Hope it helps. I'll just watch from here on out. Curious if that is the best route to take.



  • Thanks for the reply,

    So i tried first only the Floating rule and nothing :( emails still can be spend to users outside

    Then i tried the LAN also wont work

    So let me get this correct

    my EMAIL alias are users that are going to get blocked ONLY to send and receive emails from the outside world

    my MAIL alias are the ports 110 and 25

    and last my 10.10.1.216 is the mail server any ideas

    Thank you





  • Netgate

    You don't need to mess around with floating rules for this. Go ahead and delete that.

    You cannot control access to same-subnet traffic using a Layer 3 firewall. If the mail clients on the EMAIL alias IP addresses are configured to use 10.10.1.216 as their mail server, then all you need to do is block all other outgoing connections to TCP/25 from those hosts on LAN:

    Action: Reject
    Interface: LAN
    Protocol: TCP
    Source: EMAIL
    Source port: *
    Destination: *
    Destination port: 25

    That is simplistic for port 25 only. Other common SMTP ports are TCP/465 and TCP/587. 587 is not supposed to accept submissions without user authentication.



  • Hi,
    Thank you for the reply, So on outlook on the user the email server is configured 10.10.1.216 using 25 smtp and 110 as pop.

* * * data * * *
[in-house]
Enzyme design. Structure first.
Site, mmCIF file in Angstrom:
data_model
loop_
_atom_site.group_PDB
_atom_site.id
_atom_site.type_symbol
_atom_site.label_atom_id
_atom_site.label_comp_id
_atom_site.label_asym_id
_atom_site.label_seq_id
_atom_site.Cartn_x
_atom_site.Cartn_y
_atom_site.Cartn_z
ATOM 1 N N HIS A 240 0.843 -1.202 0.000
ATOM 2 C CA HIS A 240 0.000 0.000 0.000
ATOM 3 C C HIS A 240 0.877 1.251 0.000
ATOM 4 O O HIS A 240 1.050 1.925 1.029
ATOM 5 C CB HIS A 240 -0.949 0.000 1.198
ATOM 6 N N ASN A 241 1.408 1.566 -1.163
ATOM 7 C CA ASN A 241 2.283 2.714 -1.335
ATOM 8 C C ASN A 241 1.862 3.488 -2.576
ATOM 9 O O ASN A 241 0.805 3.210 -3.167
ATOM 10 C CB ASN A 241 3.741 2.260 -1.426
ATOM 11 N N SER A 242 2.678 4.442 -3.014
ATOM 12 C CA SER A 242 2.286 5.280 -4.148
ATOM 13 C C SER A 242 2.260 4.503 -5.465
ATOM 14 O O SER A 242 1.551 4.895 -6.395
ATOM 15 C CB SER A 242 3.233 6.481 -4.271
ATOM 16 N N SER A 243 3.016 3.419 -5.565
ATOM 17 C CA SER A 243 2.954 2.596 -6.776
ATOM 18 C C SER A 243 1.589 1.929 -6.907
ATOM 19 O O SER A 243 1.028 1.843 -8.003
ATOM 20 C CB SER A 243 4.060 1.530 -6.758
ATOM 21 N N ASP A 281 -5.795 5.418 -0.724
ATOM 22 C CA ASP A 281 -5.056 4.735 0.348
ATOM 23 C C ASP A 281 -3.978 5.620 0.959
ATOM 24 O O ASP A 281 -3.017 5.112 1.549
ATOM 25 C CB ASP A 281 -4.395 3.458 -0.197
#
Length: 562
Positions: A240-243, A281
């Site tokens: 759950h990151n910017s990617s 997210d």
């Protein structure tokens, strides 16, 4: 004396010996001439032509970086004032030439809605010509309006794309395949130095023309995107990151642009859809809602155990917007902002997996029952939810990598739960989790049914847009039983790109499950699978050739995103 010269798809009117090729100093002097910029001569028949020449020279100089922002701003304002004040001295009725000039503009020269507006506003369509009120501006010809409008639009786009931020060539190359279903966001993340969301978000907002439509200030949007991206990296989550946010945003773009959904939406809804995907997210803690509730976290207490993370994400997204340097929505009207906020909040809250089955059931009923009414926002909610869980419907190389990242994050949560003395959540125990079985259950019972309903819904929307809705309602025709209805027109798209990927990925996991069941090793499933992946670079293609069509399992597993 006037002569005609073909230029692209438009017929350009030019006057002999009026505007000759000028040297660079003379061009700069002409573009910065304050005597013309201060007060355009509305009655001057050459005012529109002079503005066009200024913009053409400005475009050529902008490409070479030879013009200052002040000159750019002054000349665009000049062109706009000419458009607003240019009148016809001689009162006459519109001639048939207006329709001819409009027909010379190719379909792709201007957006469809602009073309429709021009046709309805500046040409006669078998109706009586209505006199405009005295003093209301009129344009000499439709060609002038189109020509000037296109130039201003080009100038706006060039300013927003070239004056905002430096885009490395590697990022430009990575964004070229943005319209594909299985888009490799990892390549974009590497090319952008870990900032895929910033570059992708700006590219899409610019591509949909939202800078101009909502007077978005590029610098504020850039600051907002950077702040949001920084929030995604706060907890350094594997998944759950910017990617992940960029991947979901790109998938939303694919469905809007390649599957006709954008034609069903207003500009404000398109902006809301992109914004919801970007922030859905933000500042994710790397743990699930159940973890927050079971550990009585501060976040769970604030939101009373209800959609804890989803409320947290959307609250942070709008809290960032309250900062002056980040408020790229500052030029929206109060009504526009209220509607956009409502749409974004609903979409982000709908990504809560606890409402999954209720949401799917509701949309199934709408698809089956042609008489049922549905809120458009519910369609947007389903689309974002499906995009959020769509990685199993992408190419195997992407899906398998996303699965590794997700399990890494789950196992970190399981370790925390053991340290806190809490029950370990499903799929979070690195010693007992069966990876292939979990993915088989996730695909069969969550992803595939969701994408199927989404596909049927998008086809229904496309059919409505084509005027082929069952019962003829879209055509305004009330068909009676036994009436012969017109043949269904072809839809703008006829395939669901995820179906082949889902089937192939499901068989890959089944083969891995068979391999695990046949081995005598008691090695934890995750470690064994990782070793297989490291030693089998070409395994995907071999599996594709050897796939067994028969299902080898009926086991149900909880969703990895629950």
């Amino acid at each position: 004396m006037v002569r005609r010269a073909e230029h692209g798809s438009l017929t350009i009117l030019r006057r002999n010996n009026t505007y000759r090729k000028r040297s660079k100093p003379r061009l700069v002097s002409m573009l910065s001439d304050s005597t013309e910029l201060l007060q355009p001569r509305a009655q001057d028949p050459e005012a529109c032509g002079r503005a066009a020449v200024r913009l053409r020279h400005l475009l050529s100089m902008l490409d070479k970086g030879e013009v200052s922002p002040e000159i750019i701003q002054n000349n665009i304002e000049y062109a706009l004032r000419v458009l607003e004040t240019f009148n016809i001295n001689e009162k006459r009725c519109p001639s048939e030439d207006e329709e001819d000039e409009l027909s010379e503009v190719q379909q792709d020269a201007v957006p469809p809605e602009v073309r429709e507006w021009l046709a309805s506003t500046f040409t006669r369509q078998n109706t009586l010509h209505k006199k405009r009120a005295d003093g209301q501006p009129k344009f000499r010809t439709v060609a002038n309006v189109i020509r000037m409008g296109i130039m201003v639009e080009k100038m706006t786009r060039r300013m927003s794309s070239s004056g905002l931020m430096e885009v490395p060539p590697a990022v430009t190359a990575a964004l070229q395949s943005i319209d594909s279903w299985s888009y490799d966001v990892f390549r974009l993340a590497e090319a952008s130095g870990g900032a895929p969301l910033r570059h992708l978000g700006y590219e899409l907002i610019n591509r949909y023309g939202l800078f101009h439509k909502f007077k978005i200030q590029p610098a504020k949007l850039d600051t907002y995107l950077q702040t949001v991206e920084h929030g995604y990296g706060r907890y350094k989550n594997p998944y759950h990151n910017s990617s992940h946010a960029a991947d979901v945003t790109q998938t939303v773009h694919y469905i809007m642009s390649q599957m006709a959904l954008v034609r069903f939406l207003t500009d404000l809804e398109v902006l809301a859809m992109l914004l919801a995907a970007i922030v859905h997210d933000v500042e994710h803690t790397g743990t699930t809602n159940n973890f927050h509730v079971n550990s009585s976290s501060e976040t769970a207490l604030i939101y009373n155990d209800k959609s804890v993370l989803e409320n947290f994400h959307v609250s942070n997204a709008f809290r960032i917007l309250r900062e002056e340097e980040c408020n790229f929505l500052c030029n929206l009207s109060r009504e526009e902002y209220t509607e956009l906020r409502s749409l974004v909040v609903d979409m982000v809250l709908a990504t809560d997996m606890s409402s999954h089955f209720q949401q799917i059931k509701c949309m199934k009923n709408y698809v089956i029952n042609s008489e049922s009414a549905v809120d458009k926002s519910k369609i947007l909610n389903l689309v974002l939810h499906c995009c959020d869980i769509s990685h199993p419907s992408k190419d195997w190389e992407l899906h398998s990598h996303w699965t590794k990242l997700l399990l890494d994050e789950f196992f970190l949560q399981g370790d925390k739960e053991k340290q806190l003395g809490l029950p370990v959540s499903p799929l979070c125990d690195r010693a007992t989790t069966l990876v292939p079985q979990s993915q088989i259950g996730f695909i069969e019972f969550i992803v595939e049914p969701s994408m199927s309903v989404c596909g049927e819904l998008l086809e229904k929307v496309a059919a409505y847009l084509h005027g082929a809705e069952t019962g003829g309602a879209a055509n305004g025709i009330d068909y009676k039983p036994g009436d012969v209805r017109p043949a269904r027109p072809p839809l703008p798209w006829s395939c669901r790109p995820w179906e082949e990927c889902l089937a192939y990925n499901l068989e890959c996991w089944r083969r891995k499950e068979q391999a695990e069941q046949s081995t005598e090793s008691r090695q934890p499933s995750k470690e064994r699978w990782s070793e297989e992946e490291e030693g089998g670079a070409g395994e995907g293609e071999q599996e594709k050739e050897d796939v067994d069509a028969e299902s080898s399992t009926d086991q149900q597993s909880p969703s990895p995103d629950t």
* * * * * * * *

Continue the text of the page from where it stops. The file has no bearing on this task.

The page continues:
Deleted the floating,

    As you commented the rules i did try that and no luck the user still can send out emails outside and receive from outside

    Not sure what could be wrong :(

    Thank you



  • Netgate

    SMTP rules only need to be TCP.

    Are you sure they're not configured to use 465 or 587? Or maybe they try those ports if 25 is blocked?

    SMTP generally doesn't keep a connection alive but it might be worth clearing states jsut to see. Or at least examining the states filtered on the local host to see what's there. Rules only block new connections.



  • Hi,
    Thank you for the reply, Yes the email ports only use 25 only I will also add 465 and 587 just encase Tomorrow i will give it another go

    Thank you again keep you posted



  • @killmasta93:

    My internal email server is 10.10.1.216 and lets say I have users from 10.10.1.20-10.10.1.25 that WILL NOT receive or send email to the outside world ONLY can send internally.

    the ports have to be 25 which is smtp to send and the 110 the pop to receive. I never really understood the floating rule I only know that is a must when traffic shaping.

    But not sure if thats going to work :(

    Thank you again

    If your mail server and users are both on the same internal network as you seem to suggest, then a firewall rule will not help. Users will connect to the server directly before they even touch the firewall. If you want to prevent certain users from sending external email through the mail server but allow others, then you have to configure this on the mail server itself. If you want to prevent anyone internally from sending external emails entirely, then block your mail server (source) from sending TCP 25 traffic  from the LAN to the outside.



  • true good point i ended up making rules using this guide

    http://serverfault.com/questions/530406/postfix-block-local-user-from-sending

    Thanks again